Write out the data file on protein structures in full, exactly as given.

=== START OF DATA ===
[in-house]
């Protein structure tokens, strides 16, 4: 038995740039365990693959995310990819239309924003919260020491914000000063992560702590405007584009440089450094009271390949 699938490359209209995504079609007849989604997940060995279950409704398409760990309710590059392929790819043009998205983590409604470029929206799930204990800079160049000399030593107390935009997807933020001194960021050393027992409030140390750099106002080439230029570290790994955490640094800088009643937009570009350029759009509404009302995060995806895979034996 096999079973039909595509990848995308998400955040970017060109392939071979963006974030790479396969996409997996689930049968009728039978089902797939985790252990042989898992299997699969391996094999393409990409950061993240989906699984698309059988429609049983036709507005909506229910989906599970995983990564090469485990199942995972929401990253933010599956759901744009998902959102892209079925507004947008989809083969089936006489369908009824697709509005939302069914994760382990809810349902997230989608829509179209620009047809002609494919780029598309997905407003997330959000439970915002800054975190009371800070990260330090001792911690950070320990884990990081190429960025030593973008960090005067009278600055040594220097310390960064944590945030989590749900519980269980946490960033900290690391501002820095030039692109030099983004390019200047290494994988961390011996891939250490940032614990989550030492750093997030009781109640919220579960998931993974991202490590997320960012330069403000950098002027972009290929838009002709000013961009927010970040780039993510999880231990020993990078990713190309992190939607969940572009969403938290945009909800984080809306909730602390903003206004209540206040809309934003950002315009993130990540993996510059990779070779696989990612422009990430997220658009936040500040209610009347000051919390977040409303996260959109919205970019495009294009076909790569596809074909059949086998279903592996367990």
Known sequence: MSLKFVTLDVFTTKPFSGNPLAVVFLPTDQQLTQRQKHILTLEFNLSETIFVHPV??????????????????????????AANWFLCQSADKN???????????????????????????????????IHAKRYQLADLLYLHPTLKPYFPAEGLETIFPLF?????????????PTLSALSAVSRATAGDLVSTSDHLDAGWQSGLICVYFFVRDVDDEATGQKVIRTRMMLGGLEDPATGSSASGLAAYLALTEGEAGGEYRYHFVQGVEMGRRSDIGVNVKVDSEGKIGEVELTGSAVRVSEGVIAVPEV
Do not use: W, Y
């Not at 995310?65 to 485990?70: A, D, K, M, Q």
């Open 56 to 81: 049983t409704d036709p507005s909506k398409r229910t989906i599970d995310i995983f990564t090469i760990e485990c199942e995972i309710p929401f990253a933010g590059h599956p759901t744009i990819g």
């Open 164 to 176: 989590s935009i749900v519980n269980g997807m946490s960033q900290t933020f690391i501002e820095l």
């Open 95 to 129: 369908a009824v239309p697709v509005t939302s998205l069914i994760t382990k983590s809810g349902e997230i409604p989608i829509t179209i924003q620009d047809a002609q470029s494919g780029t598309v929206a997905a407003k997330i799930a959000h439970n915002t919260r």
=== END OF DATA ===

[in-house]
């Protein structure tokens, strides 16, 4: 038995740039365990693959995310990819239309924003919260020491914000000063992560702590405007584009440089450094009271390949 699938490359209209995504079609007849989604997940060995279950409704398409760990309710590059392929790819043009998205983590409604470029929206799930204990800079160049000399030593107390935009997807933020001194960021050393027992409030140390750099106002080439230029570290790994955490640094800088009643937009570009350029759009509404009302995060995806895979034996 096999079973039909595509990848995308998400955040970017060109392939071979963006974030790479396969996409997996689930049968009728039978089902797939985790252990042989898992299997699969391996094999393409990409950061993240989906699984698309059988429609049983036709507005909506229910989906599970995983990564090469485990199942995972929401990253933010599956759901744009998902959102892209079925507004947008989809083969089936006489369908009824697709509005939302069914994760382990809810349902997230989608829509179209620009047809002609494919780029598309997905407003997330959000439970915002800054975190009371800070990260330090001792911690950070320990884990990081190429960025030593973008960090005067009278600055040594220097310390960064944590945030989590749900519980269980946490960033900290690391501002820095030039692109030099983004390019200047290494994988961390011996891939250490940032614990989550030492750093997030009781109640919220579960998931993974991202490590997320960012330069403000950098002027972009290929838009002709000013961009927010970040780039993510999880231990020993990078990713190309992190939607969940572009969403938290945009909800984080809306909730602390903003206004209540206040809309934003950002315009993130990540993996510059990779070779696989990612422009990430997220658009936040500040209610009347000051919390977040409303996260959109919205970019495009294009076909790569596809074909059949086998279903592996367990």
Known sequence: MSLKFVTLDVFTTKPFSGNPLAVVFLPTDQQLTQRQKHILTLEFNLSETIFVHPV??????????????????????????AANWFLCQSADKN???????????????????????????????????IHAKRYQLADLLYLHPTLKPYFPAEGLETIFPLF?????????????PTLSALSAVSRATAGDLVSTSDHLDAGWQSGLICVYFFVRDVDDEATGQKVIRTRMMLGGLEDPATGSSASGLAAYLALTEGEAGGEYRYHFVQGVEMGRRSDIGVNVKVDSEGKIGEVELTGSAVRVSEGVIAVPEV
Do not use: W, Y
């Not at 995310?65 to 485990?70: A, D, K, M, Q």
């Open 56 to 81: 049983t409704d036709p507005s909506k398409r229910t989906i599970d995310i995983f990564t090469i760990e485990c199942e995972i309710p929401f990253a933010g590059h599956p759901t744009i990819g």
């Open 164 to 176: 989590s935009i749900v519980n269980g997807m946490s960033q900290t933020f690391i501002e820095l």
């Open 95 to 129: 369908a009824v239309p697709v509005t939302s998205l069914i994760t382990k983590s809810g349902e997230i409604p989608i829509t179209i924003q620009d047809a002609q470029s494919g780029t598309v929206a997905a407003k997330i799930a959000h439970n915002t919260r």